The UK pensions industry could invest up to £1.2trn in climate solutions with the right reforms, according to research from Phoenix Group and Make My Money Matter.
The two firms partnered up to explore the role the pensions industry can play in financing the UK’s path to net zero as well as supporting developing countries in financing their transition.
The duo has produced a report – Unlocking investment in climate solutions – that considers the current policy, market and regulatory barriers and outlines how government, regulators and industry can collaborate to overcome these.
The report found that, with the right reforms on the right terms for pension savers, UK pension funds could quadruple their investment in UK climate solutions to up to £1.2trn of their UK asset allocation.
If unlocked, the £1.2trn investment would account for half of the gross capital investment in climate solutions needed by 2035 for the UK to remain on track with its net zero transition, the report stated.
It added that in contrast, today only £100bn of the UK pension industry’s assets are invested in UK climate solutions such as offshore wind, solar and energy-efficient housing. If current trends continue, without further actions, that will rise up to £300bn between now and 2035, it said.
However, while there is an appetite across the UK pension industry to scale up investment in climate solutions, the report highlights that many are currently struggling to match their ambition with action due to a range of policy and regulatory barriers which affect both demand for finance and the supply of finance.
These barriers, it said, limit the sector’s ability to invest in ways that deliver customer value and align with fiduciary duty.
The report identified seven strategies that can help mitigate the barriers to investment. To address the demand for finance it suggests developing a UK climate transition plan with sector-specific strategies and a clear roadmap outlining consistent planning to allow the regime to prioritise the go-to-market and scale climate solution projects.
To address the supply of financing, the reports calls on the UK government to provide clarity on considering climate impact as part of fiduciary duties and to deliver matching adjustment reforms with guardrails linked to productive and sustainable finance.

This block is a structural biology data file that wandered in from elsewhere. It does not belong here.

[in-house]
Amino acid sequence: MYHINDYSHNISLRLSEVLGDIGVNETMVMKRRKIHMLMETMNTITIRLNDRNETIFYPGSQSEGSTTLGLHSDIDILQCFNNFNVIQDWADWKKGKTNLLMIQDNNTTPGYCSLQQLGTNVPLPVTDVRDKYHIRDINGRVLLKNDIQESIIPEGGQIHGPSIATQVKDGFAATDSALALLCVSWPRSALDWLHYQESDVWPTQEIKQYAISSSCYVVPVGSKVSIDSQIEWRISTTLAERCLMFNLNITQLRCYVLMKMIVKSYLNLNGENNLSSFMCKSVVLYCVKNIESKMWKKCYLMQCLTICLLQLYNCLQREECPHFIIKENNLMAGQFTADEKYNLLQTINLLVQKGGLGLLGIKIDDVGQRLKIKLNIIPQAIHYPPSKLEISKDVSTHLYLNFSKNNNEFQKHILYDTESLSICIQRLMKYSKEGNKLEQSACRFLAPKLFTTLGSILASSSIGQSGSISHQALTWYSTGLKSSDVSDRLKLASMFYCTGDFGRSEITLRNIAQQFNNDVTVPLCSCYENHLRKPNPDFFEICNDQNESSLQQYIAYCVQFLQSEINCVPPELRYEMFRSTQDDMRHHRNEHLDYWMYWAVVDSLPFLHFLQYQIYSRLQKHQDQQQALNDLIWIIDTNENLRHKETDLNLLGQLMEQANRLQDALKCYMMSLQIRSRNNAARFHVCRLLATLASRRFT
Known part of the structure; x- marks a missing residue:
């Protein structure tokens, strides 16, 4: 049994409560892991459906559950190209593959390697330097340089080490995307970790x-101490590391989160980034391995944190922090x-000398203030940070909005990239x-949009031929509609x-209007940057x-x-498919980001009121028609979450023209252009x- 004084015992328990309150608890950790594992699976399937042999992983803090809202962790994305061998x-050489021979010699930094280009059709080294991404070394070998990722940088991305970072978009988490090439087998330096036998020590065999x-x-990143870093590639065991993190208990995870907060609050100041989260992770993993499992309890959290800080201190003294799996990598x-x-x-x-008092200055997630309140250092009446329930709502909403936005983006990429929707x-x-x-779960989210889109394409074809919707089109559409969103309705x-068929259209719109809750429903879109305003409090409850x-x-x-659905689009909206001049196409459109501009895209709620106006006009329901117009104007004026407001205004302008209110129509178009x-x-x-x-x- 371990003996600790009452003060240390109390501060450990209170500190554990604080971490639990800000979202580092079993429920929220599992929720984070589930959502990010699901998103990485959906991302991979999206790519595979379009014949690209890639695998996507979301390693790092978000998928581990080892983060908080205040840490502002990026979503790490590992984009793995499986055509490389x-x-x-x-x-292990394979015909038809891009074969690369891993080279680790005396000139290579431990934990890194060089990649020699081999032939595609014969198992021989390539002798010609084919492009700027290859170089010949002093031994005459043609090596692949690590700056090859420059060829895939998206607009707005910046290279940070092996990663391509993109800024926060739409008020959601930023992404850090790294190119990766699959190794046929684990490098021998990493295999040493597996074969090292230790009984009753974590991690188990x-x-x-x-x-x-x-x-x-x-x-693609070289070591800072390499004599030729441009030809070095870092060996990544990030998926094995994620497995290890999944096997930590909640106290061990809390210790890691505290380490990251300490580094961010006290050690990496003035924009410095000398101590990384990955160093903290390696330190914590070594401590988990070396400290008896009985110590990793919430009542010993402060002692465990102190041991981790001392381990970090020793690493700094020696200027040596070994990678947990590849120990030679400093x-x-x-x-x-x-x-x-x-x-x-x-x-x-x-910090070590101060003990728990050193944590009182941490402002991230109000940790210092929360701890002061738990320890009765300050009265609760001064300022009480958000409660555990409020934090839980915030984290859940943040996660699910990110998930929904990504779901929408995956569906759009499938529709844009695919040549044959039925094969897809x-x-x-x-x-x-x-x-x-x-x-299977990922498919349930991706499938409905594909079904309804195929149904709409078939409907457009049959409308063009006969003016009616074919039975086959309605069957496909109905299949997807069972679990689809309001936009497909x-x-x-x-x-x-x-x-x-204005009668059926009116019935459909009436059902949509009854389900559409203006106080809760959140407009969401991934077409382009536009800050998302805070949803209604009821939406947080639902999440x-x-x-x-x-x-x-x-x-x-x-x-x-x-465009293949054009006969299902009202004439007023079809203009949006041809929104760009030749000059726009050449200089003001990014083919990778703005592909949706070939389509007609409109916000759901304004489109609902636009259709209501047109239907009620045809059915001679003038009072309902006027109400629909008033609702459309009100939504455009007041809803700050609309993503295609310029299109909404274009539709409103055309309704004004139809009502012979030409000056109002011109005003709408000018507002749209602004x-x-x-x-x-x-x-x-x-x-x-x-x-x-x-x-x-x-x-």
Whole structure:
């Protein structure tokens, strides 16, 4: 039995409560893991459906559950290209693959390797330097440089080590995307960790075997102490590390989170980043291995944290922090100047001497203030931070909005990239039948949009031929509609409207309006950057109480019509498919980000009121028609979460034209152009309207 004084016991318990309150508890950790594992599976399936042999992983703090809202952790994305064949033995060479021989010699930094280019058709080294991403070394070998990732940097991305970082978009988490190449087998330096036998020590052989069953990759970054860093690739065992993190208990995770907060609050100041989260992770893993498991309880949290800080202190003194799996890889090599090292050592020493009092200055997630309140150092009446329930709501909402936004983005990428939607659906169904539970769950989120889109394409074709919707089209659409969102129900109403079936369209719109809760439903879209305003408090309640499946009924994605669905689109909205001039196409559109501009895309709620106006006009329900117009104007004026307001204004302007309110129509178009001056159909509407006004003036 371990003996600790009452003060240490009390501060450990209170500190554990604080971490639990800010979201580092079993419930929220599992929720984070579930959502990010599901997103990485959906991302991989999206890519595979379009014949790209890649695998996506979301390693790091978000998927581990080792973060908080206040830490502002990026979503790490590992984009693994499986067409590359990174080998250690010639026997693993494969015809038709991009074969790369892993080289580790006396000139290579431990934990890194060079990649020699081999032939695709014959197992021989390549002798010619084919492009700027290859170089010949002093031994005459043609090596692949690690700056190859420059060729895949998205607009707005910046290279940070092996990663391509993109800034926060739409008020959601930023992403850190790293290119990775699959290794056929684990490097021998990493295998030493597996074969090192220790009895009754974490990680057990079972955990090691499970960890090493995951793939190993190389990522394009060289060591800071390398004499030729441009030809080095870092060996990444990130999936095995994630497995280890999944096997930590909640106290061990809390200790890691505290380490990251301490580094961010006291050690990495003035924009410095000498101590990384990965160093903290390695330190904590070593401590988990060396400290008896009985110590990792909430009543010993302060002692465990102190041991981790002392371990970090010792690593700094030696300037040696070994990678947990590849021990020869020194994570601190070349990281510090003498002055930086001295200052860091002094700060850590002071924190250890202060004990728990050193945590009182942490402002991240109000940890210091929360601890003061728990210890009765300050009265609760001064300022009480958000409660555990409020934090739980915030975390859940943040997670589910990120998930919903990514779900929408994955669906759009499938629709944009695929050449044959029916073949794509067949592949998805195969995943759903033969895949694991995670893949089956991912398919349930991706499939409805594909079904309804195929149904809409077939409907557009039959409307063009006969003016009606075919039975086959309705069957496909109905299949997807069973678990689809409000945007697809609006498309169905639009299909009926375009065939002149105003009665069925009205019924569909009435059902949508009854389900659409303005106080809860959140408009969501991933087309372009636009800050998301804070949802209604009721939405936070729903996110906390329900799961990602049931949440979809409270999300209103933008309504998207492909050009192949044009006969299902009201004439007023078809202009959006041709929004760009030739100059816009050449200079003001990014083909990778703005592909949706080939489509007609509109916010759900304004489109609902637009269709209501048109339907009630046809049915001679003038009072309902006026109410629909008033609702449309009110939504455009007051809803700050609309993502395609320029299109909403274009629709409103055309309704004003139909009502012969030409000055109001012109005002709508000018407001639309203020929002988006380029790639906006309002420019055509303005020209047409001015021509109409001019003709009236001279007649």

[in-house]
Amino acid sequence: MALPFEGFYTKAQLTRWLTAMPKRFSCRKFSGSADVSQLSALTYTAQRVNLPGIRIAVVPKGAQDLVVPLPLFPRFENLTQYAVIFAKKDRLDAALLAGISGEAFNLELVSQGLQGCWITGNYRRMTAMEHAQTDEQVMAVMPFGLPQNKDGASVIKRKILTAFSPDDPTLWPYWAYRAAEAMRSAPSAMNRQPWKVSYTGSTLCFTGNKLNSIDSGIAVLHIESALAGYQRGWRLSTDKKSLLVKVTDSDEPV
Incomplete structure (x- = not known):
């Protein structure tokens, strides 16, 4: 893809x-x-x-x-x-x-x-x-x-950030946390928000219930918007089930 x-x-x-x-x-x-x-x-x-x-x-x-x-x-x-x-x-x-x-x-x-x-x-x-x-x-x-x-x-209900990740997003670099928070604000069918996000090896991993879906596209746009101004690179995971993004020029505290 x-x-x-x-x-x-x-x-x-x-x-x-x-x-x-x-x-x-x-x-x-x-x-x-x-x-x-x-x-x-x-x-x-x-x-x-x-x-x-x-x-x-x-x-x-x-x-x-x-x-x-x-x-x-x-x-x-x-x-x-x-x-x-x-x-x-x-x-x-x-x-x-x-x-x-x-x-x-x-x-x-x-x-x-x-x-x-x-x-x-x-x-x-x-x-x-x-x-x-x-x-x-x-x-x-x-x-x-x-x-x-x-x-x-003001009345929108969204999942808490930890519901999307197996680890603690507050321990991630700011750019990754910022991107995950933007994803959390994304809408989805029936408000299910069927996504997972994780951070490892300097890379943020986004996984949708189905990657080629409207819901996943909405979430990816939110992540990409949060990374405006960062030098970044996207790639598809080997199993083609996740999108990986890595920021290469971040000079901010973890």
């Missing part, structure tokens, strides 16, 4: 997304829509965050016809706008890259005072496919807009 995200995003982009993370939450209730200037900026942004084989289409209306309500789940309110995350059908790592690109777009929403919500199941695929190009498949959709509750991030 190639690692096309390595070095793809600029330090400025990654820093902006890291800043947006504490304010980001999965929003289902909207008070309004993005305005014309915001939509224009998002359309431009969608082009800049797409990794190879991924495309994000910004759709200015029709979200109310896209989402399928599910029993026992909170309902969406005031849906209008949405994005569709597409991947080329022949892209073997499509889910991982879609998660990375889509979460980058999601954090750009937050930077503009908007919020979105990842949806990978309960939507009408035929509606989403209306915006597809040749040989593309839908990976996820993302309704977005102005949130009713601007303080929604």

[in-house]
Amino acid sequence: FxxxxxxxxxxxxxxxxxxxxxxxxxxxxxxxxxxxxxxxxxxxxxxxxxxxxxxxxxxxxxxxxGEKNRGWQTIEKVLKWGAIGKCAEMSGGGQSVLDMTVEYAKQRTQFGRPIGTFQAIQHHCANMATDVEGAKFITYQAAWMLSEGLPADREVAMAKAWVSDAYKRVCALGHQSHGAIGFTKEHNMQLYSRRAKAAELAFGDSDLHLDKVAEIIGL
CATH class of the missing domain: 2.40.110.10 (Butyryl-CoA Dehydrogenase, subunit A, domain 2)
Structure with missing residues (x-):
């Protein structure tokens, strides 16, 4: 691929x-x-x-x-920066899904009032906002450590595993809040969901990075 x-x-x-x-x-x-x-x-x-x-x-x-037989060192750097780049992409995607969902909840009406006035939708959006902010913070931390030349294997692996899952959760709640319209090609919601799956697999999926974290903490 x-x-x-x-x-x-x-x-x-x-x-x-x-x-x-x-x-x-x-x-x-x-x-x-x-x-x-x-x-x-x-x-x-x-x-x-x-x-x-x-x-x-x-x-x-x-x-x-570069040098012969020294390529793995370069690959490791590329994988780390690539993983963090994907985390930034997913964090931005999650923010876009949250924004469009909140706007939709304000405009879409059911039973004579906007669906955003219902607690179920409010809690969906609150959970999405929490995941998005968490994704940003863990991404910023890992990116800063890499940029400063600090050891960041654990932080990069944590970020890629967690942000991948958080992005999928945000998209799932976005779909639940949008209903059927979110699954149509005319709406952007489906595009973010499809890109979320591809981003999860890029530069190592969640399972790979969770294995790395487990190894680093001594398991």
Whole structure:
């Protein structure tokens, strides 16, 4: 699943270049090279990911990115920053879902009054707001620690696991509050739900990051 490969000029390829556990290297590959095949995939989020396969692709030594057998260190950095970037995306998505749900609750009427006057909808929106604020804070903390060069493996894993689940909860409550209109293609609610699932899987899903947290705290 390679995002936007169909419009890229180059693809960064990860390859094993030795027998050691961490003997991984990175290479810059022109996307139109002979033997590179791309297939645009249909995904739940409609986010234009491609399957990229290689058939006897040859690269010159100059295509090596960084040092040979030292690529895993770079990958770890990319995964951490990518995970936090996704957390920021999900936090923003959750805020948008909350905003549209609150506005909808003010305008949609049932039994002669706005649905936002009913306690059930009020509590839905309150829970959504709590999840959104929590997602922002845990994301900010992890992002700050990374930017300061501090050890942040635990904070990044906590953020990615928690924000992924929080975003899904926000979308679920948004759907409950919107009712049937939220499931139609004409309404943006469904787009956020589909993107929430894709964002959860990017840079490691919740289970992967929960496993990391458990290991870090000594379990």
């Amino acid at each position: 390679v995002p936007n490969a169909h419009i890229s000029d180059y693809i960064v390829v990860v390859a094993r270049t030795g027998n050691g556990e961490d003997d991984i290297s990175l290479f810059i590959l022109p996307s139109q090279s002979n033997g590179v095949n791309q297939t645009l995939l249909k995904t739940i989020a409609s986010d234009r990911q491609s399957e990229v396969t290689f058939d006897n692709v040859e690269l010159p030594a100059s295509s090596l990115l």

The report also outlines short-term actions the pensions industry can and already is undertaking to mobilise more capital into climate solutions, including aligning disclosures with the Transition Plan Taskforce (TPT) standard, developing new products and business models and advocating for broader system change.
Bruno Gardner, head of climate change and nature at Phoenix Group, said: “It’s exciting to see that pension funds could finance up to half of the investment needed to keep the UK’s transition on track and provide savers with greater access to the investment potential of climate solutions, but it’s even more important to have identified why there isn’t already more funding for climate solutions and what can be done about it.”
He said the research will help start “much needed” conversations with government, regulators and the rest of the industry to collectively help pension funds fulfil their potential in the nation’s journey to net zero.
“By setting out the scale of the opportunity, we hope to show that by creating a pipeline of investable opportunities and by making it easier to invest in climate solutions we can come together and drive positive change,” he said.
Richard Curtis, co-founder of Make My Money Matter, added that right now “we’re nowhere near maximising the potential of our pensions for people or for the planet”.
“The UK pension industry can quadruple its investments in climate solutions,” he said, adding that the report “shows how we can mobilise more than £1trn – a staggering amount – to help tackle the climate emergency, both at home and abroad”.
Nigel Peaple, director of policy and advocacy at the Pensions and Lifetime Savings Association, said the report recognises the good work already undertaken by pension schemes to achieve net zero and “rightly” acknowledges the willingness of pension trustees and managers to do more.
He said: “It is helpful that the report highlights that certain barriers must be removed to facilitate climate-aware investing; for example, there is a scarcity of investible and scalable assets and to overcome this problem the UK needs to develop a National Transition Plan, long term policy certainty and appropriate incentives.
“These are things the PLSA has also called for. It is also welcome that the report is clear that all such investment must be in the interests of scheme members and customers.”
Peaple added that the disclosure requirements in the UK are “world-leading”, with the government being the first to apply the internationally mandated Task Force on Climate-related Financial Disclosures (TCFD) requirements to pension schemes.
He said the pensions sector wants the government to accelerate its climate roadmap to ensure companies, asset managers and service providers catch-up with the expectations of pension schemes.
“Doing so will ensure that schemes have more accurate and meaningful data on which to base their strategies and commitments,” he noted.